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Dartmouth Awarded Clean Energy Technologies Grants

Mar 04, 2011

CONTACT: Catharine Lamm

U.S. Secretary of Energy Steven Chu announced last week an award of $92 million through the Department of Energy's (DoE) Advanced Research Projects Agency-Energy (ARPA-E) to fund 43 research projects aimed at improving how the U.S. uses and produces energy. The selections focus on "accelerating innovation in green technology while increasing America's competitiveness in grid scale energy storage, power electronics and building efficiency."

Charlie Sullivan
Charlie Sullivan
Chris Levey
Chris Levey

Dartmouth engineering professors Charlie Sullivan and Chris Levey will serve as PI and Co-PI, respectively, on a key part of a larger project led by MIT and also involving researchers from Georgia Tech and U. Penn. The overall project is titled Advanced Technologies for Integrated Power Electronics, and the public summary states, "This research program seeks improvements in power electronics that enable major advances in many systems, and provide substantial reductions in energy usage and greenhouse gas emissions. Important applications of this research include drivers for solid state lighting, microconverters for photovoltaic energy systems, and miniaturized power supplies among many others. Moreover, the new technology developed will help set the stage for resurgence of U.S. leadership in electrical energy conversion. This research thus supports improved energy efficiency, reduced emissions, and future American jobs."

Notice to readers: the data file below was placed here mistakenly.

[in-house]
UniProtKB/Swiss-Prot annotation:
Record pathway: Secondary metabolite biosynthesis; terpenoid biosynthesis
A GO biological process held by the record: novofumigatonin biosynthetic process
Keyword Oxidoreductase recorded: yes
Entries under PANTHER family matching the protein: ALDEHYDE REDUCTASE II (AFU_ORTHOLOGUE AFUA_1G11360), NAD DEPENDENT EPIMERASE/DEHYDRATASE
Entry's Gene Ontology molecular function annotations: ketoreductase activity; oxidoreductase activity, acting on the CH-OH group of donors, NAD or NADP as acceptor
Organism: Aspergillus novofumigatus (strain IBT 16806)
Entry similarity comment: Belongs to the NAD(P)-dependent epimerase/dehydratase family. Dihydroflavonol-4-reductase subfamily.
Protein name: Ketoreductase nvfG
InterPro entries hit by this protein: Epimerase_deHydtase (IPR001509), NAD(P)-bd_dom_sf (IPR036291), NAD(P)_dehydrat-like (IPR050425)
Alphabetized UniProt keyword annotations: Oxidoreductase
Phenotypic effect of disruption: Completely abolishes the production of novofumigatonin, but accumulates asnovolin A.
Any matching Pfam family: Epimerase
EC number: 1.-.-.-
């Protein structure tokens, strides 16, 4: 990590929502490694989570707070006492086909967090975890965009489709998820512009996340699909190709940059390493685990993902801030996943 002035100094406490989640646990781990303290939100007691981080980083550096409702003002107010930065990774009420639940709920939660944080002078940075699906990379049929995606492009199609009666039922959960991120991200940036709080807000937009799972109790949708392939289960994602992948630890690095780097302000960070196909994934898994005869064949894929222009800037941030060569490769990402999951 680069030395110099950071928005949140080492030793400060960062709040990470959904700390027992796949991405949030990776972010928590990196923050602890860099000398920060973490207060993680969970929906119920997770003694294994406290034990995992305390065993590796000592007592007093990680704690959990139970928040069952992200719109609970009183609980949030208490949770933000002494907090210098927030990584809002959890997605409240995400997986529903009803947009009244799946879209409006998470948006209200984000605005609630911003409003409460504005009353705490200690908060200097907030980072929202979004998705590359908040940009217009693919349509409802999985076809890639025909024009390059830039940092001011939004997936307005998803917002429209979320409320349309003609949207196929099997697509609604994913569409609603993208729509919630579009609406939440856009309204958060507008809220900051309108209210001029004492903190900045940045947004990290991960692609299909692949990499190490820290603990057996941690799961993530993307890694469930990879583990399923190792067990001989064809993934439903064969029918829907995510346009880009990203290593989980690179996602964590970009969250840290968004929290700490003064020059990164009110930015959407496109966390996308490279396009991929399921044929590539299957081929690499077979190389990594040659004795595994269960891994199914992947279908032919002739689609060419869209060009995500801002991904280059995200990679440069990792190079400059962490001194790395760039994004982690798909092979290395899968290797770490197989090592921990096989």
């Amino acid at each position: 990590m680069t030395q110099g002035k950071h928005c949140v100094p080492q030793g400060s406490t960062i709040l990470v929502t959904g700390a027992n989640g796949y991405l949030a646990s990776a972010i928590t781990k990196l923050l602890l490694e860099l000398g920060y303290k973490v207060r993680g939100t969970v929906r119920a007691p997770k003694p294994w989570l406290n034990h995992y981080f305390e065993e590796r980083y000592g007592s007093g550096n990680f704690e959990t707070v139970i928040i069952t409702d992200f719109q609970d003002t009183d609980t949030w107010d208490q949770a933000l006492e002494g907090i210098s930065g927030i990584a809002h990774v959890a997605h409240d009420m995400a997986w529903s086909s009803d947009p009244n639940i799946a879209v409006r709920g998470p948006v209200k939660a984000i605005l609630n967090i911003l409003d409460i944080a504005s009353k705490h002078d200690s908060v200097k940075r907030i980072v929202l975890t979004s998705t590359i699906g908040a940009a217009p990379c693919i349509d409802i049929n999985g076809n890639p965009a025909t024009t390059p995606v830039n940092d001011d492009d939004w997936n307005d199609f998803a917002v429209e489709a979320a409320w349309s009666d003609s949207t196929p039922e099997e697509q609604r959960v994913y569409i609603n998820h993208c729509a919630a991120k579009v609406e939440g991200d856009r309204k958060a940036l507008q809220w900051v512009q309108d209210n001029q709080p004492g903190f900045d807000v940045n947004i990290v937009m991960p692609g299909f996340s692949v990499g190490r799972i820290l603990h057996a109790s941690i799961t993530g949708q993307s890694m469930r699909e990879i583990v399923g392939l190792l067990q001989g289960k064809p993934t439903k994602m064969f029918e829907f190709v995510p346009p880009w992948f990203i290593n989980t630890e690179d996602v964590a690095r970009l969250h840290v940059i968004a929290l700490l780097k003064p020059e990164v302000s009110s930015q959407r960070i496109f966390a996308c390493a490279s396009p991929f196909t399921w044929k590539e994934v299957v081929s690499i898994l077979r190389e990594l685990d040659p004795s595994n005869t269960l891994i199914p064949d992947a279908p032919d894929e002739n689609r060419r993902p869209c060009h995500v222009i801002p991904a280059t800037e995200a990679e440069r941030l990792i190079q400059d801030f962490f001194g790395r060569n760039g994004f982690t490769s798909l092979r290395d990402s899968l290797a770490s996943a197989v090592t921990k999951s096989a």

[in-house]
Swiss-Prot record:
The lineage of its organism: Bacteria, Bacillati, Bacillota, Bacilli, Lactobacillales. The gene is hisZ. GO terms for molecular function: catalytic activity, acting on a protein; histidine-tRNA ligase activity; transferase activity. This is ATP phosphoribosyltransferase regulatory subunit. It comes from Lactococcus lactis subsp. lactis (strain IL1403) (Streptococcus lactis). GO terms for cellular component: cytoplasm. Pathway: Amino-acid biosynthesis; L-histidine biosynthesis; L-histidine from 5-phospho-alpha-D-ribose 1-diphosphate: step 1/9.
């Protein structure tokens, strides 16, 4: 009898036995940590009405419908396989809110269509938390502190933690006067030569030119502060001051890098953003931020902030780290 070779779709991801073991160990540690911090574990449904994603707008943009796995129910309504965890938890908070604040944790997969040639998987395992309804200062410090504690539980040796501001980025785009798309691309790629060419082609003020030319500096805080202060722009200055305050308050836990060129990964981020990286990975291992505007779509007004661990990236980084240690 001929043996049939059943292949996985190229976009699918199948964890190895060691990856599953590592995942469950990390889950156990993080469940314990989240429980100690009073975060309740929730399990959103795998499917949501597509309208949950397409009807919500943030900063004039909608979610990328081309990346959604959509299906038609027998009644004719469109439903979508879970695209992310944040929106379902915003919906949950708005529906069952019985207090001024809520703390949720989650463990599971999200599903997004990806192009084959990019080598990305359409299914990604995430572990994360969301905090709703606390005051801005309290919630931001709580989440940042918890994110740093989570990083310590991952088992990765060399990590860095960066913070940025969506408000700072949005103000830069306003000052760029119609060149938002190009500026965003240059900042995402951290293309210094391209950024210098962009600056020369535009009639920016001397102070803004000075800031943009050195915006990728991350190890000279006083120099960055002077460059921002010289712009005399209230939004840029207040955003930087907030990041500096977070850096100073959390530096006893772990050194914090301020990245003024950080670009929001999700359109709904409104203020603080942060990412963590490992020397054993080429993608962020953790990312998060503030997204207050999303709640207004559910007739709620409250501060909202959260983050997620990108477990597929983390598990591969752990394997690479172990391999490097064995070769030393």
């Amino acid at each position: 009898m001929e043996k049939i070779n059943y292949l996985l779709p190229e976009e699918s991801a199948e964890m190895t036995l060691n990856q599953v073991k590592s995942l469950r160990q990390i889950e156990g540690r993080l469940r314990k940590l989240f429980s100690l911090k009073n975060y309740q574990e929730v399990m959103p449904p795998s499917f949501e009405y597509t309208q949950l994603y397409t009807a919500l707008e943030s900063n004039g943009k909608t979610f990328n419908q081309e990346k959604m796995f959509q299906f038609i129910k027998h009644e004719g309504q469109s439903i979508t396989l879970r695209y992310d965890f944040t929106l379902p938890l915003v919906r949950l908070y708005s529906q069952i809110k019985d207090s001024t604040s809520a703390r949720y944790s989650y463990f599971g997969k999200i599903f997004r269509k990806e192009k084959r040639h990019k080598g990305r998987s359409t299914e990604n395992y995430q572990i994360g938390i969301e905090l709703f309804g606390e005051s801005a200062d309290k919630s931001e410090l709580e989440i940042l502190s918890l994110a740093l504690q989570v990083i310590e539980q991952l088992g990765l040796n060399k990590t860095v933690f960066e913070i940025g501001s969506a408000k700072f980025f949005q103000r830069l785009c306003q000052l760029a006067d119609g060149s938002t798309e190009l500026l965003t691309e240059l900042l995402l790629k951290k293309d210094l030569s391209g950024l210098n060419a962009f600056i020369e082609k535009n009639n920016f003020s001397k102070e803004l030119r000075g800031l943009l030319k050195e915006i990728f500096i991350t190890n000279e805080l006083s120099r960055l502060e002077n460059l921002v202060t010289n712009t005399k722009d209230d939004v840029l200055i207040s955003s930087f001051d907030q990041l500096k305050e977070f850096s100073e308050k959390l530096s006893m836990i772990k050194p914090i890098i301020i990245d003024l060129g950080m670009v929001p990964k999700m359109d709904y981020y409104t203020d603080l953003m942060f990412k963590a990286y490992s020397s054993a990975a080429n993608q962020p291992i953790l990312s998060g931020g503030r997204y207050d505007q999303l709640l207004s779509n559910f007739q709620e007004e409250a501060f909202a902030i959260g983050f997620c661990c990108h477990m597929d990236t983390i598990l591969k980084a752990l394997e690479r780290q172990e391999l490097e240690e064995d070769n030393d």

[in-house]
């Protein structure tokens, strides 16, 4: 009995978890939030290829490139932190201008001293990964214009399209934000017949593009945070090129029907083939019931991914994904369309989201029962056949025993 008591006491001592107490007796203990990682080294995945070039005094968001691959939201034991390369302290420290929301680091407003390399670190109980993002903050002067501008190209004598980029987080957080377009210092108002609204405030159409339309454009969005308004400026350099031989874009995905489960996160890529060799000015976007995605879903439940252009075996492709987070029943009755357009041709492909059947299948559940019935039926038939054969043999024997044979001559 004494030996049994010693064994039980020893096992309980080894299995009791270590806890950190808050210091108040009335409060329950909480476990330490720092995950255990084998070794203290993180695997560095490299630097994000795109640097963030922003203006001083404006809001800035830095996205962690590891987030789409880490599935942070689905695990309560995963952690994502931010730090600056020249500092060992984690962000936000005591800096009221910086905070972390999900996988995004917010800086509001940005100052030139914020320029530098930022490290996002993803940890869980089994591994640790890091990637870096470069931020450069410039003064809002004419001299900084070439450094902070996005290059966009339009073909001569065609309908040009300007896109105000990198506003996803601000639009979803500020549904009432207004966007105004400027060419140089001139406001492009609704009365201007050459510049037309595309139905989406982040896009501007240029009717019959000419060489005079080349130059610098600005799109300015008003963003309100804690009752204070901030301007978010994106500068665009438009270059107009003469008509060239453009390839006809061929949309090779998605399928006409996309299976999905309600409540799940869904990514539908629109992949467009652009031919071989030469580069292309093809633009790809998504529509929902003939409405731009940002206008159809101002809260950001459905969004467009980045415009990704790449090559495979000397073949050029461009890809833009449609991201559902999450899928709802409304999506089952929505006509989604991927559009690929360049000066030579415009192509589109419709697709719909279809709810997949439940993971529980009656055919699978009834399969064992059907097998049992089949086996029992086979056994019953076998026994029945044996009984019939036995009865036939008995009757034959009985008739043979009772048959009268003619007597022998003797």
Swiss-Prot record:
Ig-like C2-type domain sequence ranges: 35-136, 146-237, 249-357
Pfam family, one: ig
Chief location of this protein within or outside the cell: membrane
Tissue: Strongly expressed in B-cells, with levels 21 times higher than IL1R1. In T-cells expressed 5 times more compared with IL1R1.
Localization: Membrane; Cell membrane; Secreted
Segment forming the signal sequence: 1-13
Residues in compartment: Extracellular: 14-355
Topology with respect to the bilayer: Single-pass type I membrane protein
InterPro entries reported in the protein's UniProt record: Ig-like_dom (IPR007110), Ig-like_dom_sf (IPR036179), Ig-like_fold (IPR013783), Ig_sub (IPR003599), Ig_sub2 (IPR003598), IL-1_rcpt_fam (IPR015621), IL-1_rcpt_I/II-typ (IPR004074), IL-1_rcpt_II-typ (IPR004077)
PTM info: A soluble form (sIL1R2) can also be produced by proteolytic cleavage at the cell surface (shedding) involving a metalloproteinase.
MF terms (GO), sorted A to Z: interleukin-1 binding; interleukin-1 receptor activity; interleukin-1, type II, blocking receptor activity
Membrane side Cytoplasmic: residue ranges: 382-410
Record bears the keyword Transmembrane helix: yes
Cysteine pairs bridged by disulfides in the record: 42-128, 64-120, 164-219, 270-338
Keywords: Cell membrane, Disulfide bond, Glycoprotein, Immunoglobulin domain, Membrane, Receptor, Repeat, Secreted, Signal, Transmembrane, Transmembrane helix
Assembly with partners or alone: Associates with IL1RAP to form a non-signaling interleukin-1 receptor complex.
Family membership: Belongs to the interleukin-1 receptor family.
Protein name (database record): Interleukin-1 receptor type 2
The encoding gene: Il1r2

Power Converter
The new integrated power converter technology and contributing elements

"Chris Levey and I are also PIs on a smaller project with GE funded by the same DoE award," added Sullivan. "We'll be doing pilot studies of advanced magnetic materials that will be scaled up with a process at GE. The PI at GE is a Thayer PhD alum from my group, Satish Prabhakaran."

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